As with any other system of the body, some disorders may affect the blood system. Usually these disorders are types of anemias, but there are other disorders involved.
a. Iron Deficiency Anemia. Iron deficiency anemia is due to a deficiency of elemental iron in the blood. Iron is essential for the proper functioning of hemoglobin. In iron deficiency anemia, the blood cannot transport as much oxygen. Therefore, the tissues of the body are deprived of the much-needed oxygen. Furthermore, the presence of iron deficiency anemia affects the formulation of blood cells. Treatment of iron deficiency anemia requires the administration of iron either orally or parenterally.
b. Hemolytic Anemia. Hemolytic anemia is a general term referring to anemias caused by weakened red blood cell membranes. There are several types of hemolytic anemias that are often classified according to their cause. Some of the causes of hemolytic anemia are drugs (such as primaquine or the sulfonamides), heredity, or lack of either vitamin B12 or folic acid. In hemolytic anemia, the red blood cells are weak and lyse (break apart) as they squeeze through the small capillaries or spleen. The treatment of the hemolytic anemias is obviously dependent on the particular cause. Splenectomies, discontinuance of the causative agent, or the administration of folic acid or vitamin B12 are some of the treatment possibilities.
c. Sickle Cell Anemia. Sickle cell anemia is a serious anemia that is predominant in people of black race. The erythrocytes of a person who has sickle cell anemia become sickle-shaped and, therefore, are not efficient carriers of gases or nutrients. The sickle-shaped cells also increase the viscosity of the blood that leads to decreased circulation in the small arteries and capillaries. Symptoms of sickle-cell anemia include pain of certain organs, bone and joint pain, fever, and cerebral thrombosis. The spleen is not usually enlarged. Complications associated with sickle cell anemia are leg ulcers, osteomyelitis, and occasionally, cardiac enlargement. The treatment for sickle cell anemia is usually symptomatic as the actual cause of the condition is unknown. Blood transfusions are usually involved in most treatment regimens.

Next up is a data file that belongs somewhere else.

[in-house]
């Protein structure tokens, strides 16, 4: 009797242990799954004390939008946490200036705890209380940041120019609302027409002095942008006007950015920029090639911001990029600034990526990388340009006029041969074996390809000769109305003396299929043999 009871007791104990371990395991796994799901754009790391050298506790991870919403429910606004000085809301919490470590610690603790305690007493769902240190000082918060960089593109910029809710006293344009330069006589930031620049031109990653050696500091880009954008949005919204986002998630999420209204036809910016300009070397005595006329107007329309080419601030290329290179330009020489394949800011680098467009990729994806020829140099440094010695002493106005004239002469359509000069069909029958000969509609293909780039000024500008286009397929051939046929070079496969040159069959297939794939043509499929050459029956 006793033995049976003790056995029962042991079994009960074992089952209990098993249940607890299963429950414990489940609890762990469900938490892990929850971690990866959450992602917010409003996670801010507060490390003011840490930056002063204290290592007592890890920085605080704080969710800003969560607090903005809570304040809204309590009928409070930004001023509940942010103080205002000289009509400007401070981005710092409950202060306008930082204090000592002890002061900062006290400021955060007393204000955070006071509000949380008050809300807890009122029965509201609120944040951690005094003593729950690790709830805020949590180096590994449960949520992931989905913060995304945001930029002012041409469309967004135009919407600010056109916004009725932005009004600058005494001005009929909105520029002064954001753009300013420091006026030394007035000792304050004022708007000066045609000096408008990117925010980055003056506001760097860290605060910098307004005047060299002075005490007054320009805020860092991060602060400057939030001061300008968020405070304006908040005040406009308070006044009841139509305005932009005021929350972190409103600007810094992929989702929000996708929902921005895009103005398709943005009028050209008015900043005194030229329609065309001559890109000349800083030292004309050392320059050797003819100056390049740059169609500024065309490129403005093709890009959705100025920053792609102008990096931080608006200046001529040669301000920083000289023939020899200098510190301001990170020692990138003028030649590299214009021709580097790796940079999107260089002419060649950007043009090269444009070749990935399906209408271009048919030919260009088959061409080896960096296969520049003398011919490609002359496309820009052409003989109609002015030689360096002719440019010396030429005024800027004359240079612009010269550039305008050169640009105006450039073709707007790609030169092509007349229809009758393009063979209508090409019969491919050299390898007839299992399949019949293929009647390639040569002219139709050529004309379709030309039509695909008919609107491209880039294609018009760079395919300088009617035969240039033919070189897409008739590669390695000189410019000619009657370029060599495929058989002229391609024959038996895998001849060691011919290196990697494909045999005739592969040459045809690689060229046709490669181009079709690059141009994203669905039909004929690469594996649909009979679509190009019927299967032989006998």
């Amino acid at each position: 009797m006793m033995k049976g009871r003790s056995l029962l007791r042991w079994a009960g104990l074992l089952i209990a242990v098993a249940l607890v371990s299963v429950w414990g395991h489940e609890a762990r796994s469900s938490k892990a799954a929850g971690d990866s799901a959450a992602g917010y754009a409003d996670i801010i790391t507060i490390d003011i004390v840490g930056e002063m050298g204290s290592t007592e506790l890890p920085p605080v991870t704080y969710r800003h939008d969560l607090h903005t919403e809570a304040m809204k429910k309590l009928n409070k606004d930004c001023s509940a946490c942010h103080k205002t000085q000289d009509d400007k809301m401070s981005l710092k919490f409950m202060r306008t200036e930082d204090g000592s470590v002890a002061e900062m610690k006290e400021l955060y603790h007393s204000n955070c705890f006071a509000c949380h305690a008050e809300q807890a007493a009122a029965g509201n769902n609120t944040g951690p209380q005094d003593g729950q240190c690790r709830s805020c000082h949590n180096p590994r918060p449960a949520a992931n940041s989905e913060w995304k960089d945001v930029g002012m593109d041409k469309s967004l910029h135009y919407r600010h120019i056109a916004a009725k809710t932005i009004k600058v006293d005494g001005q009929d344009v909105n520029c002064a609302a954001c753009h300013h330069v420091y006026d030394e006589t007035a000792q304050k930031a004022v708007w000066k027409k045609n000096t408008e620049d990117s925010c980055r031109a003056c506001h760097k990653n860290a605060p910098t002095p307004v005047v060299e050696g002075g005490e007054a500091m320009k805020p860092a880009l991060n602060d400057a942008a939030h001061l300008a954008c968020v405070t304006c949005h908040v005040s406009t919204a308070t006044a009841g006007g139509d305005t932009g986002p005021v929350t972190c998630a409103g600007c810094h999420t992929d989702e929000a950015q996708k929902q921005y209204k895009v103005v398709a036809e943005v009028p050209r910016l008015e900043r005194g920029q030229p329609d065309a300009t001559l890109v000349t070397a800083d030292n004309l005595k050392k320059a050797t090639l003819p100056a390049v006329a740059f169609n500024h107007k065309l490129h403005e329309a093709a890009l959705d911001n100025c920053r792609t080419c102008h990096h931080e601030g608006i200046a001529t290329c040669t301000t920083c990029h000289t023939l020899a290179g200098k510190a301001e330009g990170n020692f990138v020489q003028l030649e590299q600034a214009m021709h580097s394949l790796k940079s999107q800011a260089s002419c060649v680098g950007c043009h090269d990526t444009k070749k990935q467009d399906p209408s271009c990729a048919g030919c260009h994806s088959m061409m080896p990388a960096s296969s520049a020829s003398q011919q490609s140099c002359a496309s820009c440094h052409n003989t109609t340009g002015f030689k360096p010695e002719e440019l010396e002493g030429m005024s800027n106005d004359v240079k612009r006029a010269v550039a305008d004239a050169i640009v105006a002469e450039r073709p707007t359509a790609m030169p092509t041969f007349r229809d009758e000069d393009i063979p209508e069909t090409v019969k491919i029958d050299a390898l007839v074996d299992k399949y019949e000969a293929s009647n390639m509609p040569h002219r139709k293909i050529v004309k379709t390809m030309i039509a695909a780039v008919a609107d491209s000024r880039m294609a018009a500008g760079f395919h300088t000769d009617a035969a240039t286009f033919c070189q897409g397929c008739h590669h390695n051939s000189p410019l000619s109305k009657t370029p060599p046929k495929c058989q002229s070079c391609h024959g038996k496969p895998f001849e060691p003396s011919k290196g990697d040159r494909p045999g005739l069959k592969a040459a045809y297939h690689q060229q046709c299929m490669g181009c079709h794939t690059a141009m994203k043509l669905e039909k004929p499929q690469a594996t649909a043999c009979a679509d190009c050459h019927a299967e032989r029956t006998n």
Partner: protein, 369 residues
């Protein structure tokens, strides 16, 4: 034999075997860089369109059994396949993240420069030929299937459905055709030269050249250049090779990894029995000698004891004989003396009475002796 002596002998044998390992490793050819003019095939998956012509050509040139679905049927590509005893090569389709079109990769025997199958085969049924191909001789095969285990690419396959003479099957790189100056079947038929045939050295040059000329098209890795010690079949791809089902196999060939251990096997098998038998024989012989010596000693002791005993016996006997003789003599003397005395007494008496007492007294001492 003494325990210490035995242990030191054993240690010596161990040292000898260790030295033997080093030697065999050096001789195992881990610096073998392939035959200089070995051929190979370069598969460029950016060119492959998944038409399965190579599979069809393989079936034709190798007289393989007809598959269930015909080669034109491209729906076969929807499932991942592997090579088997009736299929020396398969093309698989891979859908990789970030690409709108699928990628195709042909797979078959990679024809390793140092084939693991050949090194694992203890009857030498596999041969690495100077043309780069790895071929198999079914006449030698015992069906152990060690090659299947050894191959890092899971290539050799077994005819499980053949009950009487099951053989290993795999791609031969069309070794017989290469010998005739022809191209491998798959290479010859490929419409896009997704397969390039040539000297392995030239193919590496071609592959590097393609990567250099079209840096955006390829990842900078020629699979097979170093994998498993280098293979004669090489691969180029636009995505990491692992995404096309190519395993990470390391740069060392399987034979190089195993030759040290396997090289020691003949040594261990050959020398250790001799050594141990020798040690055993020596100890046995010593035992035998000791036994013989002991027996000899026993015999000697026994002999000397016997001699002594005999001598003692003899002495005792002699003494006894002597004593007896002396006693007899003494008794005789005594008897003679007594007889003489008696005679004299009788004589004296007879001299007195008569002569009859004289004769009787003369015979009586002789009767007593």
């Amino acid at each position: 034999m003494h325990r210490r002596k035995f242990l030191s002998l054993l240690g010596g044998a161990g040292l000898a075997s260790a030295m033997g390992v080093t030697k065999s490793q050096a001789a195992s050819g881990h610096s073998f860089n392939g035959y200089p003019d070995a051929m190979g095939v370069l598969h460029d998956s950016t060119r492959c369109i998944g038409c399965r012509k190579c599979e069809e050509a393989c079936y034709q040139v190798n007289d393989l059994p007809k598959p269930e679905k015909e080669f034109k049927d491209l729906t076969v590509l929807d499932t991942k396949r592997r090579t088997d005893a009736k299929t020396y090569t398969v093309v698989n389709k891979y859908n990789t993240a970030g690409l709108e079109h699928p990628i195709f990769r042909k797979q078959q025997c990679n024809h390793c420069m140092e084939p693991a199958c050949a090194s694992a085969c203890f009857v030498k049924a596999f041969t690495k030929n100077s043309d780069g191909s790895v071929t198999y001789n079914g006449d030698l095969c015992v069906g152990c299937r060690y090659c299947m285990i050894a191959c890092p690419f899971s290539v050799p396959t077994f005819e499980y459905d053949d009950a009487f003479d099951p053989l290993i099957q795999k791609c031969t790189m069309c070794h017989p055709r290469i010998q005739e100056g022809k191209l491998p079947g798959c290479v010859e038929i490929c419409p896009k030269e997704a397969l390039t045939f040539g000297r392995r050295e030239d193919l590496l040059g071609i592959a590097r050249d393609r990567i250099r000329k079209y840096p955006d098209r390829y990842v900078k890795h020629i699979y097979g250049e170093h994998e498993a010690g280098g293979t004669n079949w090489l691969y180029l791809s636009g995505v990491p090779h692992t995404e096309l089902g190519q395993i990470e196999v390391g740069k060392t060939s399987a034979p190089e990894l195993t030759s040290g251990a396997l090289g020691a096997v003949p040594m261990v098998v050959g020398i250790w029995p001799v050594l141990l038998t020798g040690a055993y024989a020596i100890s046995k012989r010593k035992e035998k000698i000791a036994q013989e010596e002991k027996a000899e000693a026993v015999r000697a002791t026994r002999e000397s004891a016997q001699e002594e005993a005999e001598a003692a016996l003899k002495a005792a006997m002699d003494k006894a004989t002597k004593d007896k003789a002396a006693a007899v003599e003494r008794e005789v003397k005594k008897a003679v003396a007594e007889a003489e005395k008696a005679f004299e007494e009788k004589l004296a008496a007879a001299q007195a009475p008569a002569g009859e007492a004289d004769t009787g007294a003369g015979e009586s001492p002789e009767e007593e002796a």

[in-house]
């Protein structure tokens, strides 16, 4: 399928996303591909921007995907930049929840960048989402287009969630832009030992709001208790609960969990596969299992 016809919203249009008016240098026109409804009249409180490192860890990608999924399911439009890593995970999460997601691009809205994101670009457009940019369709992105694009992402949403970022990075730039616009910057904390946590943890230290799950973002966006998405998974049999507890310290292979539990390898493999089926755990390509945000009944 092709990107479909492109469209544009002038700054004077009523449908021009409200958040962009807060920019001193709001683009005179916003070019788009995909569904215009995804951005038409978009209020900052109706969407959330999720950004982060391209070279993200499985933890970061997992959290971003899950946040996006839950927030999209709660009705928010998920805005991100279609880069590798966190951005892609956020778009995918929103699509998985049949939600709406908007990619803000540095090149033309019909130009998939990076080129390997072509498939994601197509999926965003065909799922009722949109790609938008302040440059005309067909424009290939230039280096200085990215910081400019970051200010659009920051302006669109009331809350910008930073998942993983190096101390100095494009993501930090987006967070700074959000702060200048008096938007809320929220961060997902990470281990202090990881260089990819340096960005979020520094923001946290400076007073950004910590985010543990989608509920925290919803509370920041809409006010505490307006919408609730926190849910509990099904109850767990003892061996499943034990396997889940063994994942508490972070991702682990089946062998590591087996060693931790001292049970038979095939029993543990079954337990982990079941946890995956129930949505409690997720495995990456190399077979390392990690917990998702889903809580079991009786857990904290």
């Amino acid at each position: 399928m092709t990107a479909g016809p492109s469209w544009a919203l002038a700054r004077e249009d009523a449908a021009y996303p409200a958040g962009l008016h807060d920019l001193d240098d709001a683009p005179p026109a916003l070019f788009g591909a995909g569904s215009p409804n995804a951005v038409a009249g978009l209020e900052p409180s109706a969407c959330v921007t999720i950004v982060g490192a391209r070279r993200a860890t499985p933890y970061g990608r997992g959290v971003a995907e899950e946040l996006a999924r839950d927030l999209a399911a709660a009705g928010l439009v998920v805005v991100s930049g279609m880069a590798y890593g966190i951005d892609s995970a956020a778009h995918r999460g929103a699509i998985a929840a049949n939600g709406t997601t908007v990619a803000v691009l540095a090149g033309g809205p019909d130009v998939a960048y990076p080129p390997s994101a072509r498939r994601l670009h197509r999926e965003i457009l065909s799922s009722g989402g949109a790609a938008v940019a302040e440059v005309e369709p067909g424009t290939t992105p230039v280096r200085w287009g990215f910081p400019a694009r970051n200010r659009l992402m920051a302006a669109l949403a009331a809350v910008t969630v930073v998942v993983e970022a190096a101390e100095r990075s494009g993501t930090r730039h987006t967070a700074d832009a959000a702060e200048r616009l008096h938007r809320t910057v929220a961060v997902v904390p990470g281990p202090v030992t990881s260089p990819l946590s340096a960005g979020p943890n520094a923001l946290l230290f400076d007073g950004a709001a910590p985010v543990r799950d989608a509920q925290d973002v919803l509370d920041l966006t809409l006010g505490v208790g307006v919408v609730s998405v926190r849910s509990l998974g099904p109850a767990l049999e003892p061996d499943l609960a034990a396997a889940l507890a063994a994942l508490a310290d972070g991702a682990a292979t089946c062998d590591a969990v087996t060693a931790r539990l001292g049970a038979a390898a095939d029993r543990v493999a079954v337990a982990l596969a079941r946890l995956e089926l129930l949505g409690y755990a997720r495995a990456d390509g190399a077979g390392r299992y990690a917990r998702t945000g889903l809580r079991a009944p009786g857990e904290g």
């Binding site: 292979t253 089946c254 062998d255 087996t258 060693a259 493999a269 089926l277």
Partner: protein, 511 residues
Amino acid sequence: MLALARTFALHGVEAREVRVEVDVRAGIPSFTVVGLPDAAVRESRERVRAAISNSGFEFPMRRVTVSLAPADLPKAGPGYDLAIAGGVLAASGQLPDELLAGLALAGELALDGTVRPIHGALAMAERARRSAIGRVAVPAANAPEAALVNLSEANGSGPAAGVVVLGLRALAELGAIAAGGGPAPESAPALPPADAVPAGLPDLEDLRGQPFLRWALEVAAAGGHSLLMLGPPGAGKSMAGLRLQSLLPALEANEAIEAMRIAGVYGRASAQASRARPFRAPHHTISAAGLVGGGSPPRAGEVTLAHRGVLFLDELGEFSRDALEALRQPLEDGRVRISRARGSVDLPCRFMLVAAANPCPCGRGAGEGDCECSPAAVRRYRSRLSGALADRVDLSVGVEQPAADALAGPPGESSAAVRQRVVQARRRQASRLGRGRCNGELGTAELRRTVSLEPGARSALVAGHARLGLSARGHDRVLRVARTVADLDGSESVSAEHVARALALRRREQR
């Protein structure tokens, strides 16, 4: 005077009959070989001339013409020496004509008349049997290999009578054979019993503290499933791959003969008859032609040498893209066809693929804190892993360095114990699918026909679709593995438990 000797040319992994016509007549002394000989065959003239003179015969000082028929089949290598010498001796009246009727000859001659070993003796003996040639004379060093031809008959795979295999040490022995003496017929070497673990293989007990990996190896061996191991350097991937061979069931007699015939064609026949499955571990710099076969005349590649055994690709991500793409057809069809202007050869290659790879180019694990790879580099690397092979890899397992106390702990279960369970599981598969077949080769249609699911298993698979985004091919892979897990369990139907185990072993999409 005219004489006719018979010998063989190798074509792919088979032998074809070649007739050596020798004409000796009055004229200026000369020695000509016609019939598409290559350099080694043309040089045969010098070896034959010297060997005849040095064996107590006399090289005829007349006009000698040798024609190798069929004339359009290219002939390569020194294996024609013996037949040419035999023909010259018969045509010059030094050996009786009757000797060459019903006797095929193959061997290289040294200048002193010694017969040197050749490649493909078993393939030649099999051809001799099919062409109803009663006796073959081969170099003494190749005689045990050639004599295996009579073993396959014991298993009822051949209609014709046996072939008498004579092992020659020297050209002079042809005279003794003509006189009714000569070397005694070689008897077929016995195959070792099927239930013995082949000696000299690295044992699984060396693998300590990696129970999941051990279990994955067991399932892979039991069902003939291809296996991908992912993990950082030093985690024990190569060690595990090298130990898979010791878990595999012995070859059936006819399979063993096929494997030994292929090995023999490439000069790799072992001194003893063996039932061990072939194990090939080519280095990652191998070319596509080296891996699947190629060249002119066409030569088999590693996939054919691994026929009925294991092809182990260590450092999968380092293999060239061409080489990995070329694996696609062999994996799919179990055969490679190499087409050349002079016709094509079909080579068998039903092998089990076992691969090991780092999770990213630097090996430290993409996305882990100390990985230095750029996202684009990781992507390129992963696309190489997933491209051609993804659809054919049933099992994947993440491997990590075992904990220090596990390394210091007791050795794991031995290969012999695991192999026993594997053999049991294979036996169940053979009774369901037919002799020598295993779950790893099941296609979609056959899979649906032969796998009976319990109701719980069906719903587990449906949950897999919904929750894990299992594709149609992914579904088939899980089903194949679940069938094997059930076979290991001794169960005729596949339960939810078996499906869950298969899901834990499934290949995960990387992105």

d. Aplastic Anemia. Aplastic anemia is a very serious and usually fatal condition that affects about four out of every one million people. It is characterized by a progressive degeneration of the bone marrow that is rarely reversible. The usual cause appears to be toxins or drugs and excessive use of X-rays. The prognosis of this severe bone marrow depression is generally poor.
e. Hemophilia. Hemophilia is usually a hereditary disease characterized by a lack of one of the factors necessary for the clotting of the blood. Hemophilia is a disease that occurs more commonly in men than women. Patients who have hemophilia do not usually develop massive hemorrhages, but rather slow oozing or trickling of blood. The primary danger with hemophiliac patients is trauma involving severe bleeding. In these cases, the patient may soon die because of a severe loss of blood that will occur if the missing clotting factor is not soon administered.
f. Leukemia. Leukemia is a disease of the white blood cell forming tissue. It is characterized by an abnormally high white blood cell count. During the progression of the disease, the white blood cells gradually crowd out the erythrocytes and in some cases the leukocytes phagocytize (engulf) the red blood cells.
g. Mononucleosis. Mononucleosis is an extremely contagious disease characterized by an abnormally large number of one type of white blood cells (the monocytes). The disease affects the lymph tissue and is characterized by fever, sore throat, and inflamed lymph nodes. The spleen may become enlarged and lassitude (general tired feeling) on the part of the patient is not uncommon. Mononucleosis is thought to be a disease of viral origin that usually strikes people between the ages of ten and thirty-five. The treatment of mononucleosis is symptomatic. The disease usually runs its complete course in about four to six weeks.
h. Pernicious Anemia. Pernicious anemia is caused by the inability of the body to absorb vitamin B12 from the intestine. This failure to absorb vitamin B12 is caused by a lack of the intrinsic factor that is normally secreted by the parietal cells in the stomach. The presence of this intrinsic factor is needed in order to absorb vitamin B12. Perncious anemia rarely affects persons under the age of thirty-five. It is more common in persons of English, Scandinavian, and Irish descent. It may be difficult to detect this condition because there are few outwardly visible signs associated with it. As with all anemias, fatigability is usually the first noticeable symptom. The red blood cells are large and oval. The treatment of pernicious anemia centers on the parenteral administration of vitamin B12 (cyanocobalamin) which must be continued for the remainder of the patient's life.
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